And this is typical. Now, Hillary's exactly right that we've got to modify some of the fraudulent practices, predatory lending practices.
I put in a bill, a year and a half ago, to make that happen. Because it does affect communities, including my own, on the south side of Chicago.
But, unless we are able to rid the influence of special-interest lobbies in Washington, we're going to continue to see bad legislation like that.
And that's why we're going to have to change how politics is done in Washington.
Now, we have an immediate problem. I met with a number of folks up in Reno, just two days ago, who are already seeing their homes being foreclosed upon.
One of the things that we have to do is we have to release people who are in bankruptcy as a consequence of health care; we've got to give them a break.
One woman who I was with, her husband is a police officer. He contracted cancer, went through chemotherapy, ends up being hit by a car while in the line of duty, and they fall three, four months behind on their health care payments, and that's it, they can't make the payments on their house.
We've got to provide them some relief. I've put forward a $10 billion housing fund that can help bridge people who have been responsible in making their payments. They're not speculators, they're not trying to flip properties. They're in their own homes.
We've got to make sure that they can get the kinds of help that they need to stay in their homes and make the payments and live out the American dream that is so important to so many people.
Williams: Time is up, Senator.
We're going to get some more e-mail questions from Natalie Morales.
Morales: All right. And this one is directed to Senator Obama.
It comes from a resident of Miami, Florida: "As a middle class retiree whose primary source of income is dividends, capital gains from stock investments, what if any safeguards would you put in place to protect us from your proposed reversal of the Bush tax cuts on these investment vehicles?"
Sen. Obama: Well, what I would do is I would exempt middle income folks, potentially, from increases in capital gains and dividends. But what I have insisted upon is that we make our tax code fair. And if for example, my friend and Hillary's friend, Warren Buffett, makes $46 million last year, and he is paying a lower rate on -- a lower tax rate than his secretary, there is something fundamentally unjust about that.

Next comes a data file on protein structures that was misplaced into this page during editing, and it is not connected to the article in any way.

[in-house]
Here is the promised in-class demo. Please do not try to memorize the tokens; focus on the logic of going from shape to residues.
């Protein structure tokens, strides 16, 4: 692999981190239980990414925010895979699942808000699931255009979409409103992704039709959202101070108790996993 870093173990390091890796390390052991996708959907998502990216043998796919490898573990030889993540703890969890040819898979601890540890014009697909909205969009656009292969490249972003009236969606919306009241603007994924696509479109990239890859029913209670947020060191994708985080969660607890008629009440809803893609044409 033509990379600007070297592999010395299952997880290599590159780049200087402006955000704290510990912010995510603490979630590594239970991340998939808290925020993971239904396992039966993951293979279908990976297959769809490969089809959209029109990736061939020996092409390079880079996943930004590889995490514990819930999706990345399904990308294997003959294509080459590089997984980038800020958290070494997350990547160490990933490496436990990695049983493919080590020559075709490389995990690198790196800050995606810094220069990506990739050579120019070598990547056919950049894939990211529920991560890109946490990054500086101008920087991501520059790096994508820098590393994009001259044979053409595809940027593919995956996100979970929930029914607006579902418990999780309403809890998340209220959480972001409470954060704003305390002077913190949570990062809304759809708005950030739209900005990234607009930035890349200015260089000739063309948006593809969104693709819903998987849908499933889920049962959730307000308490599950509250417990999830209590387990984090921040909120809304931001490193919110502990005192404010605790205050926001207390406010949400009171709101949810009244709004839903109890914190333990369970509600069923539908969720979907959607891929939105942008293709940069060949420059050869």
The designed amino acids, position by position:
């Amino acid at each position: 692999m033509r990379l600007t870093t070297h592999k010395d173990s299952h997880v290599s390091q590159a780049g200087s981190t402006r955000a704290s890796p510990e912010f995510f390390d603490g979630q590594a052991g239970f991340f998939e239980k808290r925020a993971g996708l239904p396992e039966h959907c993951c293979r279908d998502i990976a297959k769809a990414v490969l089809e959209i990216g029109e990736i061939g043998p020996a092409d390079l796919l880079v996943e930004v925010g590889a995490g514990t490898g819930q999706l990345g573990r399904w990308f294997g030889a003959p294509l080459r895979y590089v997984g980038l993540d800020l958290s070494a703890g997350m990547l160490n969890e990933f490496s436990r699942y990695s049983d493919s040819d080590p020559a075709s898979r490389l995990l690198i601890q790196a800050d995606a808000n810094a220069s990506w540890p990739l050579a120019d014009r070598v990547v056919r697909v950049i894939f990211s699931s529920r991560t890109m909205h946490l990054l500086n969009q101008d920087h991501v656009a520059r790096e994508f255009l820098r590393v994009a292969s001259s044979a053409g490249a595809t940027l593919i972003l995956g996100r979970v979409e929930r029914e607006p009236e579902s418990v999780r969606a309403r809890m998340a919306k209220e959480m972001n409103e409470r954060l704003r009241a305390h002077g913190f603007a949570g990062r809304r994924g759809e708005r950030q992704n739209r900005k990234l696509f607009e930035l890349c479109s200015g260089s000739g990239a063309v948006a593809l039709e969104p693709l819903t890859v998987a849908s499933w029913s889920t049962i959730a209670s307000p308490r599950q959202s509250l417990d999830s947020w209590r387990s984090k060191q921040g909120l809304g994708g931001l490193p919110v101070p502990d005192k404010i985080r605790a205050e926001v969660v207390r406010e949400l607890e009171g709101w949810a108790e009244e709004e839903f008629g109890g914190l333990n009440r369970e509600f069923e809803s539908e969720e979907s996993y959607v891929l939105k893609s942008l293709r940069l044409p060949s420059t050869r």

Yeah. And I think, you know, he acknowledges it. And by the way, he has offered $1 million to any CEO of a Fortune 500 company who can prove that they pay a higher tax rate than their secretary.
Now, nobody has taken them up on the offer, by the way. So part of the reason is because he primarily gets his income from dividends and capital gains, and he's taxed at a lower rate. That has to change, and that's part of a broader shift that I'm proposing in our tax rates.
We were talking earlier about lower and middle income people really getting squeezed. I've said we need to provide tax relief to them. If you're making less than $75,000 a year, we are proposing that we offset the payroll tax to give you relief, $1,000 for the average family. That if you're a senior citizen who is making less than $50,000 a year, or getting less than $50,000 in Social Security benefits, then you shouldn't have to pay taxes on that Social Security income.
Homeowners who do not itemize their deductions, we want to give you a mortgage deduction credit, and we're going to pay for that by closing loopholes, closing tax havens, and yes, rolling back some of these breaks that have gone disproportionately to the wealthiest Americans.
That will help the economy grow, because part of the reason we've got a bubble financially -- first in the Internet sphere and then in the real estate market -- is because of what John referred to earlier.
You've got all this money going to the top 1 percent, and they're looking for ways to park the money. We need the money in the hands of hard-working Americans who deserve it. They will know how to spend it, and they will actually help spur business growth across the country.
Williams: Time is up, Senator. One more question from Natalie.
Morales: And this one is for Senator Clinton, and you spoke already about foreclosure rates. So on that subject -- this was coming from Christian Denny from Henderson, Nevada: "Senator Clinton, recently, while visiting Las Vegas, you mentioned your plan to freeze interest rates to help prevent foreclosures. Are you aware of any long-term effects on the housing market and our economy that this may cause?"
Sen. Clinton: Well, Natalie, I think that the question really goes to the heart of what we're trying to do here. We have short-term, medium-term and long-term goals when it comes to our economy.
You know, the Federal Reserve is cutting interest rates in order to spur the economy.
But because of a lot of the way these mortgages were structured, the interest rates are going to keep going up. And a lot of people who can pay what they're paying now will not be able to pay what they're expected to pay next month or the month after that.
So freezing the interest rates is not only a way of being able to stabilize the housing market, but it also is in line with what the Fed is doing on monetary policy.
In other words, you can't be cutting interest rates in one part of the economy and letting them go through the roof in the other part and expect to be able to stimulate the kind of economic growth that we need to have right now.
I have other pieces of my economic action plan.